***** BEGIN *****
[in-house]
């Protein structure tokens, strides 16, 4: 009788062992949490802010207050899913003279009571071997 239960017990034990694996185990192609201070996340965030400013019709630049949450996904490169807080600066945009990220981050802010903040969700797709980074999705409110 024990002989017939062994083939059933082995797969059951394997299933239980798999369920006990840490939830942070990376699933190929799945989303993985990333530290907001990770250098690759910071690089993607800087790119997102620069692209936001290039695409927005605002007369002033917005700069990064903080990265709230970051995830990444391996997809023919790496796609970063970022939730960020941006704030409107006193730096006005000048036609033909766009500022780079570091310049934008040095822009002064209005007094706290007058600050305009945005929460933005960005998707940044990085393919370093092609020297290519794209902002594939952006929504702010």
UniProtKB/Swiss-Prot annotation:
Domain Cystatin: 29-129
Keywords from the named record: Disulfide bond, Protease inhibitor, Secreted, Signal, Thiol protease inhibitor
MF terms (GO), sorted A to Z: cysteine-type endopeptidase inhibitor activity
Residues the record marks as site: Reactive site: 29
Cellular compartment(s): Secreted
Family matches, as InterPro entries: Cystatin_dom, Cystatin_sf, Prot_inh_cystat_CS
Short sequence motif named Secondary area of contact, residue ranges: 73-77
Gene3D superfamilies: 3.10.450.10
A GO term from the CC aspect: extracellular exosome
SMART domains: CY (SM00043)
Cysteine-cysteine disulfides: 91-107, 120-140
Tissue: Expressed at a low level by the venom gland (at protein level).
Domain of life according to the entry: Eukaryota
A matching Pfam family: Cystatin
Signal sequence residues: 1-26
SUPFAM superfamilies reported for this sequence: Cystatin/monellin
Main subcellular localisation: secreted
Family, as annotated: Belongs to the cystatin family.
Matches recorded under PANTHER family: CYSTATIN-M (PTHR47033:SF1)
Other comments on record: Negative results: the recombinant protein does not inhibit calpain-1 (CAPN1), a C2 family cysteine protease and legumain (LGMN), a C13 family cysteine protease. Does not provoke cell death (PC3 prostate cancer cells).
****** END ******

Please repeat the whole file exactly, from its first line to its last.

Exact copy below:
[in-house]
């Protein structure tokens, strides 16, 4: 009788062992949490802010207050899913003279009571071997 239960017990034990694996185990192609201070996340965030400013019709630049949450996904490169807080600066945009990220981050802010903040969700797709980074999705409110 024990002989017939062994083939059933082995797969059951394997299933239980798999369920006990840490939830942070990376699933190929799945989303993985990333530290907001990770250098690759910071690089993607800087790119997102620069692209936001290039695409927005605002007369002033917005700069990064903080990265709230970051995830990444391996997809023919790496796609970063970022939730960020941006704030409107006193730096006005000048036609033909766009500022780079570091310049934008040095822009002064209005007094706290007058600050305009945005929460933005960005998707940044990085393919370093092609020297290519794209902002594939952006929504702010």
UniProtKB/Swiss-Prot annotation:
Domain Cystatin: 29-129
Keywords from the named record: Disulfide bond, Protease inhibitor, Secreted, Signal, Thiol protease inhibitor
MF terms (GO), sorted A to Z: cysteine-type endopeptidase inhibitor activity
Residues the record marks as site: Reactive site: 29
Cellular compartment(s): Secreted
Family matches, as InterPro entries: Cystatin_dom, Cystatin_sf, Prot_inh_cystat_CS
Short sequence motif named Secondary area of contact, residue ranges: 73-77
Gene3D superfamilies: 3.10.450.10
A GO term from the CC aspect: extracellular exosome
SMART domains: CY (SM00043)
Cysteine-cysteine disulfides: 91-107, 120-140
Tissue: Expressed at a low level by the venom gland (at protein level).
Domain of life according to the entry: Eukaryota
A matching Pfam family: Cystatin
Signal sequence residues: 1-26
SUPFAM superfamilies reported for this sequence: Cystatin/monellin
Main subcellular localisation: secreted
Family, as annotated: Belongs to the cystatin family.
Matches recorded under PANTHER family: CYSTATIN-M (PTHR47033:SF1)
Other comments on record: Negative results: the recombinant protein does not inhibit calpain-1 (CAPN1), a C2 family cysteine protease and legumain (LGMN), a C13 family cysteine protease. Does not provoke cell death (PC3 prostate cancer cells).